Margaret Jean Smithson
Certificate in Psychiatric Social Work 1963
Before I left school, I somehow decided, without knowing a lot about social work, that this was what I wanted to do. I do not think there were any social work degree courses in UK In the mid-1950s, so the advice was to get a degree in what interested me and then to do postgraduate training. So I read Modern Languages at Oxford and during this time decided that psychiatric social work (rather than my original idea of medical social work) was my real interest. I still needed a social work related diploma which I did at Exeter university, and worked in Exeter for a year to get some, very minimal experience. At that time there were only four PSW courses in UK. Edinburgh had been my father’s university, and I was excited to be offered a place there in 1962.
I was one of the youngest in a group of twelve PSW students, most of the others bringing a wealth of varied experience. The medical social work and child care courses ran in parallel with us; we shared some lectures but the sharing within the PSW group was vital to the whole experience and informed by the psychodynamic approach of Megan Browne, our tutor. An important part of the ethos of the course was that it should provide a basis for how to learn, and that has stayed with me over the years.
My first placement was at Craig House, the private section of the Royal Edinburgh Hospital. The second was at Rillbank, where I became most interested in the children and families aspect of the work where most of my career has been.
The certificate course ran for 12 months concluding with a summer placement, which I did at the Parent Guidance clinic in Birmingham. I think the course was a unique and in depth experience, for which I am very grateful. It opened up ways of thinking and feeling which I have continued to develop.
I don’t think I can talk about notable personal and professional experiences but I do know that my training has been well used in a wide reaching career spanning over 50 years, as well as in my personal life supporting a husband in his path from curate to bishop and bringing up four children, all now in caring professions. In fact, my daughter became the third generation family member to study at Edinburgh.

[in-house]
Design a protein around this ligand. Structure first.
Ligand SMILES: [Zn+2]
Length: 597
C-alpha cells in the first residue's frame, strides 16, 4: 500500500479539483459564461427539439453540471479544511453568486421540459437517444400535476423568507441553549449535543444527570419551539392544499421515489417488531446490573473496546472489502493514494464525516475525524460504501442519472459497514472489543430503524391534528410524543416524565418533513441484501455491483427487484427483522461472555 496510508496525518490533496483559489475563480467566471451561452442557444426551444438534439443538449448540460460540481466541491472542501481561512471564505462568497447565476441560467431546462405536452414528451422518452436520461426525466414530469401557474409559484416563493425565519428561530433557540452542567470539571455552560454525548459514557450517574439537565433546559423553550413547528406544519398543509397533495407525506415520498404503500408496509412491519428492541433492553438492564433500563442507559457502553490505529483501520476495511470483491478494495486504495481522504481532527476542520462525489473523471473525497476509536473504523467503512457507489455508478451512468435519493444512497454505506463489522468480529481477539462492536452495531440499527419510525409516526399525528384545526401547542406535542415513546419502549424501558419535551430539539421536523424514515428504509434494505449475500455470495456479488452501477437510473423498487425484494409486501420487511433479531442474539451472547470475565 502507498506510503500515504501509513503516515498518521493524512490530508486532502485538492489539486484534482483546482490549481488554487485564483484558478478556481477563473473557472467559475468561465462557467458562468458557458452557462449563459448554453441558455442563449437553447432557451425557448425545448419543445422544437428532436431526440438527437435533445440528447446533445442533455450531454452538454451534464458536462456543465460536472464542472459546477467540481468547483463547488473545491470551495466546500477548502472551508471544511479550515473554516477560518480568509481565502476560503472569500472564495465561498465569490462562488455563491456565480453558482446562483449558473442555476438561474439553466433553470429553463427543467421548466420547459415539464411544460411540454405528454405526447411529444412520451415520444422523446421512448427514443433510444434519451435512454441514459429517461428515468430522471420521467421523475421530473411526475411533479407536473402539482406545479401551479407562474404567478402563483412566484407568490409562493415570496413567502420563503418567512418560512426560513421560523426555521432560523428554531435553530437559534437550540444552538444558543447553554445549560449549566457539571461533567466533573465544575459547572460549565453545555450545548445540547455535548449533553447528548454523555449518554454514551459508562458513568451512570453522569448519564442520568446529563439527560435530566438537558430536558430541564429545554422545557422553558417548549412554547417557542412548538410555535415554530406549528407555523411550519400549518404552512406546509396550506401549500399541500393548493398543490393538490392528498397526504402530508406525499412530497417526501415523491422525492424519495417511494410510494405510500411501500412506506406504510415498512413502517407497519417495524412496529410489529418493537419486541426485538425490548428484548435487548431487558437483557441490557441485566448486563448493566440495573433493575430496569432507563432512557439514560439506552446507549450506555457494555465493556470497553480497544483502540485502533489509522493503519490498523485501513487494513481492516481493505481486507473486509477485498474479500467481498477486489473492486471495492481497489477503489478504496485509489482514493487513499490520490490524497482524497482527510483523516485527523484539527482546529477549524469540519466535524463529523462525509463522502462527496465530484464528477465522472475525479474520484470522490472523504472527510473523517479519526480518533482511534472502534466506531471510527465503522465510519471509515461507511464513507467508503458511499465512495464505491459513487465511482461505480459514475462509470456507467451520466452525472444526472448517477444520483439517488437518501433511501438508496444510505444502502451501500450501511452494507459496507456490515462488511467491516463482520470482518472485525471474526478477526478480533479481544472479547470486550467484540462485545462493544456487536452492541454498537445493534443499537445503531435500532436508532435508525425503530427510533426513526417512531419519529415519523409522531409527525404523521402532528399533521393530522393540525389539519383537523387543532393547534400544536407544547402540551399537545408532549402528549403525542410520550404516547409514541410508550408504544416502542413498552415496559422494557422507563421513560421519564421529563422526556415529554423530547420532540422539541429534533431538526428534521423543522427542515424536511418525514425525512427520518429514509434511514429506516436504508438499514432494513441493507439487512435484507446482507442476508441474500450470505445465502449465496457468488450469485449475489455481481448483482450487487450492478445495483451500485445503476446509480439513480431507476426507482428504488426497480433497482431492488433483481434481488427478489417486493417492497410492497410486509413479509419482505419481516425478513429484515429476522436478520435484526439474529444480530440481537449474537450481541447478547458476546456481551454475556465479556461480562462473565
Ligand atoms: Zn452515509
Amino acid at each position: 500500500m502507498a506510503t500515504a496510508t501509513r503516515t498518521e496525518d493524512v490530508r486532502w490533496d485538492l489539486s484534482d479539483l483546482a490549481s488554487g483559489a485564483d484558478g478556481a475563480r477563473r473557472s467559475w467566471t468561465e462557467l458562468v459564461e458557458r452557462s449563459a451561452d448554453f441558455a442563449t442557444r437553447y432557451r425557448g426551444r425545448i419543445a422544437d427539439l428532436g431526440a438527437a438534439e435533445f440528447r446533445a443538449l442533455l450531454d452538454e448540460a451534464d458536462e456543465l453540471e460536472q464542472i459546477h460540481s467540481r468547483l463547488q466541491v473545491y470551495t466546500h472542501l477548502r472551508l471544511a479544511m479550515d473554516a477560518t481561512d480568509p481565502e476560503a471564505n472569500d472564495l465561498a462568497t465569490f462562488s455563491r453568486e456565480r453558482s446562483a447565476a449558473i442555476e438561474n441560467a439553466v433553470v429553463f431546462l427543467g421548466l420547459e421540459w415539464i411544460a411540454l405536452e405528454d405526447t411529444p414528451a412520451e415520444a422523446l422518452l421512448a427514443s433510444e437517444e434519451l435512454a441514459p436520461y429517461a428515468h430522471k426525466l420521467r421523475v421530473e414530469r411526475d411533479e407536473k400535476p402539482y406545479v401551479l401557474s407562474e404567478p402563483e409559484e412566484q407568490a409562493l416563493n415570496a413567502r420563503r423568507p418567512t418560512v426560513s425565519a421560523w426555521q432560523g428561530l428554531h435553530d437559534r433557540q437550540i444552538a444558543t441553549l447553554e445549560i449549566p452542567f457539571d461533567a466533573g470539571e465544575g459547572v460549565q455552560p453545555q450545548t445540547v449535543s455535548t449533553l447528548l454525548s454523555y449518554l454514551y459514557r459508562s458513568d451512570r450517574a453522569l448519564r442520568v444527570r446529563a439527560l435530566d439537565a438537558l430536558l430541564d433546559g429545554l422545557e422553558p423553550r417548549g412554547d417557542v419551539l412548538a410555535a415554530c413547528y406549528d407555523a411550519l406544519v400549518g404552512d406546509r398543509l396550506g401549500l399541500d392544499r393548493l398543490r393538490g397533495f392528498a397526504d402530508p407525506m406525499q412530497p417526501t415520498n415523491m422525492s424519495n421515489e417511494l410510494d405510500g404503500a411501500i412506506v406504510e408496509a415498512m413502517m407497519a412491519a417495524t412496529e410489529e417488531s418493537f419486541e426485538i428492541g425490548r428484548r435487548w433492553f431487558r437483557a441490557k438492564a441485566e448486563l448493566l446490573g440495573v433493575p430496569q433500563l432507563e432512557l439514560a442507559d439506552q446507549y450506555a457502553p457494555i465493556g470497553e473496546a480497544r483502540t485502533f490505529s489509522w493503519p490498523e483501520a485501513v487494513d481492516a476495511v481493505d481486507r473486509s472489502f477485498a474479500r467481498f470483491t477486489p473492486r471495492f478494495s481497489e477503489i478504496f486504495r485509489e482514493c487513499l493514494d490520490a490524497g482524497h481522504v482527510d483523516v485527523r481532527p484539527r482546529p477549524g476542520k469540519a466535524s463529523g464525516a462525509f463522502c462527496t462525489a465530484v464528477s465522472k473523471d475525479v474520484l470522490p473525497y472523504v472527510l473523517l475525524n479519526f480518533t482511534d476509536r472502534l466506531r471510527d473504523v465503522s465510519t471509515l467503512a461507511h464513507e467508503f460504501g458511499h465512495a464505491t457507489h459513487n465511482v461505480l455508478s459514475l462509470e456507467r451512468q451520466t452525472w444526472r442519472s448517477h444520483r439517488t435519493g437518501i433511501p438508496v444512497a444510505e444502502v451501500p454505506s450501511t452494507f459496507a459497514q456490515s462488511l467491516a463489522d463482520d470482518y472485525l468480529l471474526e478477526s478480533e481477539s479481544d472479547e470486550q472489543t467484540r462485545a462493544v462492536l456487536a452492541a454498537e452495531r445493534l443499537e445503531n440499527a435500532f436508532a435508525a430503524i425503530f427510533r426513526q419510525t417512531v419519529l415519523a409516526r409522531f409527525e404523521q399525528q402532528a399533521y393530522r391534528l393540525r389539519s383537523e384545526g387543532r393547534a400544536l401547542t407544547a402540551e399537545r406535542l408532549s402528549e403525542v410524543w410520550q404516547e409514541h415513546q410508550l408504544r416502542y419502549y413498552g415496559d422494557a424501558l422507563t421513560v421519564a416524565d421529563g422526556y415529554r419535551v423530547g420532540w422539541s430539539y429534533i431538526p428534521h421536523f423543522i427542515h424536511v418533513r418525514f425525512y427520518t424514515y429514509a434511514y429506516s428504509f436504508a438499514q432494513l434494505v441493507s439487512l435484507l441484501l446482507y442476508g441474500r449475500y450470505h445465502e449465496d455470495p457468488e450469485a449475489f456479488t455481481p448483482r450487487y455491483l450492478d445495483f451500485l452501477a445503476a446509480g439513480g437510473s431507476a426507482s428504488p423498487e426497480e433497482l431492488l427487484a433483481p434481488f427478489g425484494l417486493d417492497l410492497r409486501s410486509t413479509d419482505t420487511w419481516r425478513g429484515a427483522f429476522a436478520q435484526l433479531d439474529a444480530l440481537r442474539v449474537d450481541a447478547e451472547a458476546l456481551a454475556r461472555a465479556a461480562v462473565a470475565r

After qualifying, I worked for a year in the Department of Psychiatry of Leeds General infirmary, a post previously held by Nancy Newbiggin, and was supervised by Marian Whyte, both pioneers of psychiatric social work. The multidisciplinary team included Harry Guntripp. This was a huge learning experience.
After marrying and in between having my first two children, I worked very part-time in the local child guidance clinics in the West Riding.
We moved to Oxford and I found myself re-establishing the Social Work Department in the Park Hospital for Children, another interesting multidisciplinary team covering neurology as well as psychiatry.
In Reading and Bracknell, I worked in local Child Guidance clinics along with Educational Psychologists and Child psychiatrists and other psw’s.
Bracknell also saw my first spell in Local Authority children and families' social work, certainly a tough assignment and from where Child Guidance was seen as a bit of an ivory tower!
A move to Carlisle led to further children and families team work and then a couple of years in family placement, mainly training and supporting foster carers and working alongside BAAF in trying to emphasize the relevance of family dynamics and children’s life experience in the work. About this time, I became involved with the Scottish Institute of Human Relations (now Human Development Scotland) through their Child Psychotherapy Development Group.
A move into preventive work took me to the family centre at Annan, just over the Scottish border, and from there to Lockerbie as part of the social work team working there after the air disaster. That was a steep learning curve, about reactions to trauma often so unrecognised in children, as well as about support in organisations for workers involved. It led me to look more closely at childhood trauma in its various aspects and to take on some teaching and training looking at this. I continued to develop this interest and concern as part of the multidisciplinary team at Darlington Memorial hospital, and became involved in Cruse Bereavement Care as a children’s specialist.
Retirement followed to Galloway, but was not to last long as there seemed to be a shortage of social workers in this area, and I again became involved in children and families' social work, had to retire at 65, then when the rules changed was happy to go back again to the local children and families' team until eventually we moved to Edinburgh. Full circle!
Now I volunteer with the local Cruse team, mainly working with children and young people but also as a supervisor.
It is 55 years since my training in Edinburgh encouraged in me a lifetime interest and concern for which I am grateful.
Looking ahead, I am impressed by what I hear about social work training these days, and by the enthusiasm and commitment I read of in the social work press. The job does not become any less tough and the support of colleagues is something I have always been grateful for. There is always something to learn, from the people we work with as colleagues and as service users.
Source: Own contribution (27.2.2017)